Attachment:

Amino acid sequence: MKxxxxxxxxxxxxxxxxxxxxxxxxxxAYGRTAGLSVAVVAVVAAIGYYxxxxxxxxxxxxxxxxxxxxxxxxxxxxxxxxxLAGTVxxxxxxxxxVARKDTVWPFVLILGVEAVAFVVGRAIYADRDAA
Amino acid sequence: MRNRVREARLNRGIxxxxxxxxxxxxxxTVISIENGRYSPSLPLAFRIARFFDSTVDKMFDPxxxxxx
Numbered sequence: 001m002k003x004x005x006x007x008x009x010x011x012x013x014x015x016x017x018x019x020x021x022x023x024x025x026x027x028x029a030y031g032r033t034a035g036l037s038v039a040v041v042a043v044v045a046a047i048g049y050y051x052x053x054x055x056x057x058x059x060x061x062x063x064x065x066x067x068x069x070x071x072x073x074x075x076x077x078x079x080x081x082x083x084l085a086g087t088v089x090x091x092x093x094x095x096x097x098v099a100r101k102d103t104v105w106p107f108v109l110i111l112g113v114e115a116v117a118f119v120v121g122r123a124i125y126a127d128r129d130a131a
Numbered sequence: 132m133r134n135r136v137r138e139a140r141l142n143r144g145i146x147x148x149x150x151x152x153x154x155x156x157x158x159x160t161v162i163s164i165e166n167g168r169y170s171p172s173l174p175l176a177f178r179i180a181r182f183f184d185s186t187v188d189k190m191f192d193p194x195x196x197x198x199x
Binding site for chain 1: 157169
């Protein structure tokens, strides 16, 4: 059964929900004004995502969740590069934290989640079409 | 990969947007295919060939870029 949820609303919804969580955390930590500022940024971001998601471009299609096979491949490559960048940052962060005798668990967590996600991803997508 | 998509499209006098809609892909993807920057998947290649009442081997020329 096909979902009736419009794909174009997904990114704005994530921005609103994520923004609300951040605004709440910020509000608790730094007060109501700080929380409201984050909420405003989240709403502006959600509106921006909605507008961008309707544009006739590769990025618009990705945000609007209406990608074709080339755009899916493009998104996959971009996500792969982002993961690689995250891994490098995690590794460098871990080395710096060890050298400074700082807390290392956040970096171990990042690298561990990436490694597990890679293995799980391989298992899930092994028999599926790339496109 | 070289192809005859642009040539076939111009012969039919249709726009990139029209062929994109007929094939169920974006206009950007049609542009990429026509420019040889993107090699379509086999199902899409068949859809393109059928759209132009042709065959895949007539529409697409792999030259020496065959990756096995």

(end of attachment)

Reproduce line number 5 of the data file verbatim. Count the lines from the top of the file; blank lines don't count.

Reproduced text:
Binding site for chain 1: 157169